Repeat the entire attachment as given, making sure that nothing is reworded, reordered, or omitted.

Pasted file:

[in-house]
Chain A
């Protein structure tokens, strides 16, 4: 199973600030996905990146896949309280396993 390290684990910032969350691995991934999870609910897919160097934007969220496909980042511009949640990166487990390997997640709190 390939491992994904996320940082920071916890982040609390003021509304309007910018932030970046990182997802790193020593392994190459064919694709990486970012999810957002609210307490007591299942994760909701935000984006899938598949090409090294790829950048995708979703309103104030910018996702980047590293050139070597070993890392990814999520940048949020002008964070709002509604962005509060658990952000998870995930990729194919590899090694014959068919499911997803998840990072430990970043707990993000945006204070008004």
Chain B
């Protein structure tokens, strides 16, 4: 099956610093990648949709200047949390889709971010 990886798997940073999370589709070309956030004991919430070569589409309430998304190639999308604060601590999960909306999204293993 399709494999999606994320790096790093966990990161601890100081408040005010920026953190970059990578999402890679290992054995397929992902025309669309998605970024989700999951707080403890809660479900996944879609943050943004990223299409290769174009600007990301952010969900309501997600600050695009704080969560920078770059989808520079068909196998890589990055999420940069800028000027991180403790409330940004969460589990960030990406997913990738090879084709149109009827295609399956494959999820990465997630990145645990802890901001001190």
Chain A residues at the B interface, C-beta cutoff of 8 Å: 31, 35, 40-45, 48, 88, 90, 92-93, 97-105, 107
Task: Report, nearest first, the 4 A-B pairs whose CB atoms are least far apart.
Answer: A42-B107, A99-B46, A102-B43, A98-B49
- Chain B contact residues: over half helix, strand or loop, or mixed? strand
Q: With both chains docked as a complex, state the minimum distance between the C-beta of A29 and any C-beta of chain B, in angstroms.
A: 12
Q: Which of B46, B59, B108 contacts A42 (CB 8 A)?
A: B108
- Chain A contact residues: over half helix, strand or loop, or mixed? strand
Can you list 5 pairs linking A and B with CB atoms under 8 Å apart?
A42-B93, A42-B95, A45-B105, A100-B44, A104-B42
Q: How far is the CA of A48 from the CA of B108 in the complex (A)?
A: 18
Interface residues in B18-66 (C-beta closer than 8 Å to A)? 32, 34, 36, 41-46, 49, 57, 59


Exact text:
[in-house]
Chain A
């Protein structure tokens, strides 16, 4: 199973600030996905990146896949309280396993 390290684990910032969350691995991934999870609910897919160097934007969220496909980042511009949640990166487990390997997640709190 390939491992994904996320940082920071916890982040609390003021509304309007910018932030970046990182997802790193020593392994190459064919694709990486970012999810957002609210307490007591299942994760909701935000984006899938598949090409090294790829950048995708979703309103104030910018996702980047590293050139070597070993890392990814999520940048949020002008964070709002509604962005509060658990952000998870995930990729194919590899090694014959068919499911997803998840990072430990970043707990993000945006204070008004």
Chain B
């Protein structure tokens, strides 16, 4: 099956610093990648949709200047949390889709971010 990886798997940073999370589709070309956030004991919430070569589409309430998304190639999308604060601590999960909306999204293993 399709494999999606994320790096790093966990990161601890100081408040005010920026953190970059990578999402890679290992054995397929992902025309669309998605970024989700999951707080403890809660479900996944879609943050943004990223299409290769174009600007990301952010969900309501997600600050695009704080969560920078770059989808520079068909196998890589990055999420940069800028000027991180403790409330940004969460589990960030990406997913990738090879084709149109009827295609399956494959999820990465997630990145645990802890901001001190």
Chain A residues at the B interface, C-beta cutoff of 8 Å: 31, 35, 40-45, 48, 88, 90, 92-93, 97-105, 107
Task: Report, nearest first, the 4 A-B pairs whose CB atoms are least far apart.
Answer: A42-B107, A99-B46, A102-B43, A98-B49
- Chain B contact residues: over half helix, strand or loop, or mixed? strand
Q: With both chains docked as a complex, state the minimum distance between the C-beta of A29 and any C-beta of chain B, in angstroms.
A: 12
Q: Which of B46, B59, B108 contacts A42 (CB 8 A)?
A: B108
- Chain A contact residues: over half helix, strand or loop, or mixed? strand
Can you list 5 pairs linking A and B with CB atoms under 8 Å apart?
A42-B93, A42-B95, A45-B105, A100-B44, A104-B42
Q: How far is the CA of A48 from the CA of B108 in the complex (A)?
A: 18
Interface residues in B18-66 (C-beta closer than 8 Å to A)? 32, 34, 36, 41-46, 49, 57, 59